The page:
Adaptive runtime techniques for power and resource management on multi-core systems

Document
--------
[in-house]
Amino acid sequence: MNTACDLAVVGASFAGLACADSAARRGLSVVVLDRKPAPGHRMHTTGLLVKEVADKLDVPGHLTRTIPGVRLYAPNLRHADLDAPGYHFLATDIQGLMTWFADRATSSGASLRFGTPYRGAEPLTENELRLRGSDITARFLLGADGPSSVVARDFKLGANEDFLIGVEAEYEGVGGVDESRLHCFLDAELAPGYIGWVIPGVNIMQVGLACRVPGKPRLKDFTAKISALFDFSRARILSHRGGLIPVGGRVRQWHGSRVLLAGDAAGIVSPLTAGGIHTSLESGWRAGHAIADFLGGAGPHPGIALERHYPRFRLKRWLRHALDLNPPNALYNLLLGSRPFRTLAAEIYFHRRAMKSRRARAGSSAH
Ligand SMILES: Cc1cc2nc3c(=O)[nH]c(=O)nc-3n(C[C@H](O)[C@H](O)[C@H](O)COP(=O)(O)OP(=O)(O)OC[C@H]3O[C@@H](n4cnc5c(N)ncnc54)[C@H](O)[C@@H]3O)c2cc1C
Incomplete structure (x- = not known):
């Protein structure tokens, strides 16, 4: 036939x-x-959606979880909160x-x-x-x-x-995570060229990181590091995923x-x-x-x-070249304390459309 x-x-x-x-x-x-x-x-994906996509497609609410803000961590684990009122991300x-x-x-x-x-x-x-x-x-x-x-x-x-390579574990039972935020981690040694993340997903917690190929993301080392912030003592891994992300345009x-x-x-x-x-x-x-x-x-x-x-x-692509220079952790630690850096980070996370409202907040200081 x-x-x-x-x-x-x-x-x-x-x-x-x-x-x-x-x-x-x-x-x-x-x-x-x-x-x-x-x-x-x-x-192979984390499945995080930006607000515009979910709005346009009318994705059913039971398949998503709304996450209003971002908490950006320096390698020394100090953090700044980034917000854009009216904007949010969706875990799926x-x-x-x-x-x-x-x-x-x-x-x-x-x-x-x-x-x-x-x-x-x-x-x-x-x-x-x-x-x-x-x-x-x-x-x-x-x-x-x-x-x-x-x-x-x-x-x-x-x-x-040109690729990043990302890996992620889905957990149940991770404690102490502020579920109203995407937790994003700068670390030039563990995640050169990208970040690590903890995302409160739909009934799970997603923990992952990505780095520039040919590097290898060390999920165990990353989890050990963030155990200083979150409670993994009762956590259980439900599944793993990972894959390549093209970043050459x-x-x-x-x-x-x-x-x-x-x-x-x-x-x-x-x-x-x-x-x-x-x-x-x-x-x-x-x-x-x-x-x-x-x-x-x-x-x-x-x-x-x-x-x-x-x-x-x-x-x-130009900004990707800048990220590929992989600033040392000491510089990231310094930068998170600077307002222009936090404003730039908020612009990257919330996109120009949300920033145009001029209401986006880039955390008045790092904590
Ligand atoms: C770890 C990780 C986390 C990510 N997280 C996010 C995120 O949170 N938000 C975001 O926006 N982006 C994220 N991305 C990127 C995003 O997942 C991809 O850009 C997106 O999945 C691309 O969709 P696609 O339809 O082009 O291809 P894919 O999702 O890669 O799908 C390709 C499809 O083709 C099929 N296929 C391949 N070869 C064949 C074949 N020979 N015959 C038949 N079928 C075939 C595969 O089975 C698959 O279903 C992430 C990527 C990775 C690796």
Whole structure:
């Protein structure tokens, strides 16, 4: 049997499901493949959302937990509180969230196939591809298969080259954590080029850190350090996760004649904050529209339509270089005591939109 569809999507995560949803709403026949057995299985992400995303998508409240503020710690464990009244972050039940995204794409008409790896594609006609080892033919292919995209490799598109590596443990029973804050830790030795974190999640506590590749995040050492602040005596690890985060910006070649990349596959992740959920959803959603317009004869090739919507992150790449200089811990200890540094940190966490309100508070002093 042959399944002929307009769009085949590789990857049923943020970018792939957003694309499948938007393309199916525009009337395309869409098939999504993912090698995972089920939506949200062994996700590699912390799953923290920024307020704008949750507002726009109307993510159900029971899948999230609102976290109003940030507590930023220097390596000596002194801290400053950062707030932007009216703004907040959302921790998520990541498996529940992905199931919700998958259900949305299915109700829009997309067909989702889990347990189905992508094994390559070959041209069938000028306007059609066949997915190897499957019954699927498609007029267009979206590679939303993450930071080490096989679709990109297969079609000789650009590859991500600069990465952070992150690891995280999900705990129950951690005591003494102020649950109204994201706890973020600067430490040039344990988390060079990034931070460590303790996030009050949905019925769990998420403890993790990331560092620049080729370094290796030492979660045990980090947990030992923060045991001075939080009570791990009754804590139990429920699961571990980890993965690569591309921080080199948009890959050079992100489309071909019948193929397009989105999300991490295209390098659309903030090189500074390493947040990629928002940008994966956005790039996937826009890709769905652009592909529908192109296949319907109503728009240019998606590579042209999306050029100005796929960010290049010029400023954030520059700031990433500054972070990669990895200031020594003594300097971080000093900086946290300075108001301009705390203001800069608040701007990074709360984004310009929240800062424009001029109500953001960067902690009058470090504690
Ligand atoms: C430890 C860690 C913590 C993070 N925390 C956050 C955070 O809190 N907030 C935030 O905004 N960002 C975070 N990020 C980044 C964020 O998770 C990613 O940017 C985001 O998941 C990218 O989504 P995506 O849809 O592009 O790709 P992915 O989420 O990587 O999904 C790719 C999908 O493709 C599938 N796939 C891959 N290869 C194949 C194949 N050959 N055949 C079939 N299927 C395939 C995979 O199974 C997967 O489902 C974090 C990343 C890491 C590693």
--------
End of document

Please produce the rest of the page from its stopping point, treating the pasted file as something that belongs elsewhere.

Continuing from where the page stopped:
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Energy-related costs are among the major contributors to the total cost of ownership of data centers and high-performance computing (HPC) clusters. As a result, future data centers must be energy-efficient to meet the continuously increasing computational demand. Constraining the power consumption of the servers is a widely used approach for managing energy costs and complying with power delivery limitations. In tandem, virtualization has become a common practice, as virtualization reduces hardware and power requirements by enabling consolidation of multiple applications on to a smaller set of physical resources. However, administration and management of data center resources have become more complex due to the growing number of virtualized servers installed in data centers. Therefore, designing autonomous and adaptive energy efficiency approaches is crucial to achieve sustainable and cost-efficient operation in data centers. Many modern data centers running enterprise workloads successfully implement energy efficiency approaches today. However, the nature of multi-threaded applications, which are becoming more common in all computing domains, brings additional design and management challenges. Tackling these challenges requires a deeper understanding of the interactions between the applications and the underlying hardware nodes. Although cluster-level management techniques bring significant benefits, node-level techniques provide more visibility into application characteristics, which can then be used to further improve the overall energy efficiency of the data centers. This thesis proposes adaptive runtime power and resource management techniques on multi-core systems. It demonstrates that taking the multi-threaded workload characteristics into account during management significantly improves the energy efficiency of the server nodes, which are the basic building blocks of data centers. The key distinguishing features of this work are as follows: We implement the proposed runtime techniques on state-of-the-art commodity multi-core servers and show that their energy efficiency can be significantly improved by (1) taking multi-threaded application specific characteristics into account while making resource allocation decisions, (2) accurately tracking dynamically changing power constraints by using low-overhead application-aware runtime techniques, and (3) coordinating dynamic adaptive decisions at various layers of the computing stack, specifically at system and application levels. Our results show that efficient resource distribution under power constraints yields energy savings of up to 24% compared to existing approaches, along with the ability to meet power constraints 98% of the time for a diverse set of multi-threaded applications.